In this section, we can see the results of a gradient-based explanatory algorithm to interpret what drives the model to make specific predictions. It enables us to analyze which of the informative features contributes most to the loss function. We then generate a heatmap with these features that shows the relevant information.

Let’s analyze the following sample containing the question: “when did Beyonce release ‘formation’?”. The correct predicted answer is: “February 6, 2016”. We see that the tokens that had the most impact on the model’s prediction are: ‘when’, ‘one’, ‘day’, ‘before’. Also, the answer tokens:’ February’, ‘6’,’ 2016′.

False / Ambiguous Labelings

The figure below shows an example for illustrates inaccurate and mislabeled samples. We can see a sample with the question (shown in purple): “Did Tesla graduate from the university?” The answer from the context is: “he never graduated from the university” (shown in orange). This was detected correctly by the model. However, the ground truth’s indexes refer to “no” (shown in green) in the sentence: “no Sundays or holidays…”. As in the above example, the indexes are incorrect and in an unrelated location to the question.
![False / Ambiguous Labelings](images/Ambiguous Labelings.png)
Such cases distort the model’s performance and negatively affect its fitting when penalizing the model on these samples. We can solve these issues by changing the ground truth or by removing such samples.

Getting Started with Tensorleap Project

This quick start guide will walk you through the steps to get started with this example repository project.


Before you begin, ensure that you have the following prerequisites installed:

Tensorleap CLI Installation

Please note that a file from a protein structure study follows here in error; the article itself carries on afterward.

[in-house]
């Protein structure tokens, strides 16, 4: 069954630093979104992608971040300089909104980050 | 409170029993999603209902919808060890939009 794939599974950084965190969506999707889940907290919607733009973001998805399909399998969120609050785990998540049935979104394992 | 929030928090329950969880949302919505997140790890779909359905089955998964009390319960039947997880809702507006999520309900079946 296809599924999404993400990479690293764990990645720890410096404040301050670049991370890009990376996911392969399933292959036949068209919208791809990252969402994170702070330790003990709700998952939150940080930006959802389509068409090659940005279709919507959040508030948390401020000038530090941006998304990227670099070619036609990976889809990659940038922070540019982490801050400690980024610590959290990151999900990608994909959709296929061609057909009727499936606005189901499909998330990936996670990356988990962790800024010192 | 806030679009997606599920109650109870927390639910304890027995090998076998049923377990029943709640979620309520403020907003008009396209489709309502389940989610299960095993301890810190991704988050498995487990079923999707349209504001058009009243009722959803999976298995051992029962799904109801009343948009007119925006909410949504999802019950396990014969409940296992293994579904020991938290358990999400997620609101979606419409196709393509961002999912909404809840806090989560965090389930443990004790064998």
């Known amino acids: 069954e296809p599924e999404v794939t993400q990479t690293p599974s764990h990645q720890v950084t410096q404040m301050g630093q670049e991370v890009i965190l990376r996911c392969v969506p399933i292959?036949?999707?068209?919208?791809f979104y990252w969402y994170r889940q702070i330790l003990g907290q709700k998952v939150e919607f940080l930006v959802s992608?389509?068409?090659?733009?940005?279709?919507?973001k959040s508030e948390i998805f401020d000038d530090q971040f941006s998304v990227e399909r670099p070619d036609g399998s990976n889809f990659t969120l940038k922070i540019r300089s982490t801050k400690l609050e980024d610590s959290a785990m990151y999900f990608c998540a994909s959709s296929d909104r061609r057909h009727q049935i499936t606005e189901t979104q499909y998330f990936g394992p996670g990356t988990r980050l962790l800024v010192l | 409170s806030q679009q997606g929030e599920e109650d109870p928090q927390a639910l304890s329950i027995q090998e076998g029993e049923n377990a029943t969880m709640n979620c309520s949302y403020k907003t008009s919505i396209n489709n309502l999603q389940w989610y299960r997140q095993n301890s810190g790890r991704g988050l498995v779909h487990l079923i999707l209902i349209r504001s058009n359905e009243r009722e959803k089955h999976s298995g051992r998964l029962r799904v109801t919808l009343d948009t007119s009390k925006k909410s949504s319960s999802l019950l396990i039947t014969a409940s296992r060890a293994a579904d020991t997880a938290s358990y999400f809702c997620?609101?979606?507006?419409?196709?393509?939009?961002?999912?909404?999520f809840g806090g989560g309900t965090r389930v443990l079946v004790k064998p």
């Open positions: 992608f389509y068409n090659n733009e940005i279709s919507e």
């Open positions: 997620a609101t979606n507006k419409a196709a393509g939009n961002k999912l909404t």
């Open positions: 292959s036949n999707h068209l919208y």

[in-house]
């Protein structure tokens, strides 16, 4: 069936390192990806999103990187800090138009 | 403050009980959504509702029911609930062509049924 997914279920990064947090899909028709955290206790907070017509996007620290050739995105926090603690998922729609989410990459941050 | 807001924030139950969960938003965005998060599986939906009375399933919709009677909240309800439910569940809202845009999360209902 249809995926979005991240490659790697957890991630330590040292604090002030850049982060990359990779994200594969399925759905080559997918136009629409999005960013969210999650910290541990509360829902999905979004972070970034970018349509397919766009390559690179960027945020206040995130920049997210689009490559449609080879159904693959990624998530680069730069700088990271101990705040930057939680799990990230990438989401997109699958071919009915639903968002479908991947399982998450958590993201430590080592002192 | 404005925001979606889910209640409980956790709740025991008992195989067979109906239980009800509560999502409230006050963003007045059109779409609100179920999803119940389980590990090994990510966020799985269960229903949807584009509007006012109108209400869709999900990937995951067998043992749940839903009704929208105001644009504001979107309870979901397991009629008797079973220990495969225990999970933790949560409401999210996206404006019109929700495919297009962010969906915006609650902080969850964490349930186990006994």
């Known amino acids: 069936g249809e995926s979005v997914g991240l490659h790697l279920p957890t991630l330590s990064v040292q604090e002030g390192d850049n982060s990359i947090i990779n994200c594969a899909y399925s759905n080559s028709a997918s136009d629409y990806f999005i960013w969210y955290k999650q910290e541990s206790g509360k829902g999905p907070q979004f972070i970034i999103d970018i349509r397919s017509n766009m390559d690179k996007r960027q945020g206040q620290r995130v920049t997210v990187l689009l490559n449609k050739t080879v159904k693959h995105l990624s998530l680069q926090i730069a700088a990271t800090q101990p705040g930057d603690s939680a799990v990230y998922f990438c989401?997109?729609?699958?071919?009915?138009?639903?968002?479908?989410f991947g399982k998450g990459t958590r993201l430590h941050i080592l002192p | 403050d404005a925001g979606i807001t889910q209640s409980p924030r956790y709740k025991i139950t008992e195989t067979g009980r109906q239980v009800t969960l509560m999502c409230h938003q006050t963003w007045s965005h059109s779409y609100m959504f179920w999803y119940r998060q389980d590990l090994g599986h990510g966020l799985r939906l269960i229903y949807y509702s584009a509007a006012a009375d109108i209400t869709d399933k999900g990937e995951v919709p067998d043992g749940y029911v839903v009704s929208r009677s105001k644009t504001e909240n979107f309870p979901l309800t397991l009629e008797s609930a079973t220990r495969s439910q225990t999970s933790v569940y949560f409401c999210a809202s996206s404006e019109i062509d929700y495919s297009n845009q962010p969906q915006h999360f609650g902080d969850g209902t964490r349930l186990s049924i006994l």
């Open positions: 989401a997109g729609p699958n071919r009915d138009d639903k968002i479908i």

with curl:

curl -s https://raw.githubusercontent.com/tensorleap/leap-cli/master/install.sh | bash

Tensorleap CLI Usage

Tensorleap Login

To login to Tensorleap:

tensorleap auth login [api key] [api url].

How To Generate CLI Token from the UI

  1. Login to the platform in ‘CLIENT_NAME.tensorleap.ai’
  2. Scroll down to the bottom of the Resources Management page, then click GENERATE CLI TOKEN in the bottom-left corner.
  3. Once a CLI token is generated, just copy the whole text and paste it into your shell.

Tensorleap Project Deployment

To deploy your local changes:

leap project push

Tensorleap files

Tensorleap files in the repository include leap_binder.py and leap.yaml. The files consist of the required configurations to make the code integrate with the Tensorleap engine:


leap.yaml file is configured to a dataset in your Tensorleap environment and is synced to the dataset saved in the environment.

For any additional file being used, we add its path under the include parameter:

    - leap_binder.py
    - squad_albert/configs.py
    - [...]

leap_binder.py file

leap_binder.py configures all binding functions used to bind to Tensorleap engine. These are the functions used to evaluate and train the model, visualize the variables, and enrich the analysis with external metadata variables


To test the system we can run leap_test.py file using poetry:

poetry run test

This file will execute several tests on leap_binder.py script to assert that the implemented binding functions: preprocess, encoders, metadata, etc, run smoothly.

For further explanation please refer to the docs

Inspected models





Question Answering

Data Type





Danielle Ben Bashat
Danielle Ben Bashat

Data Scientist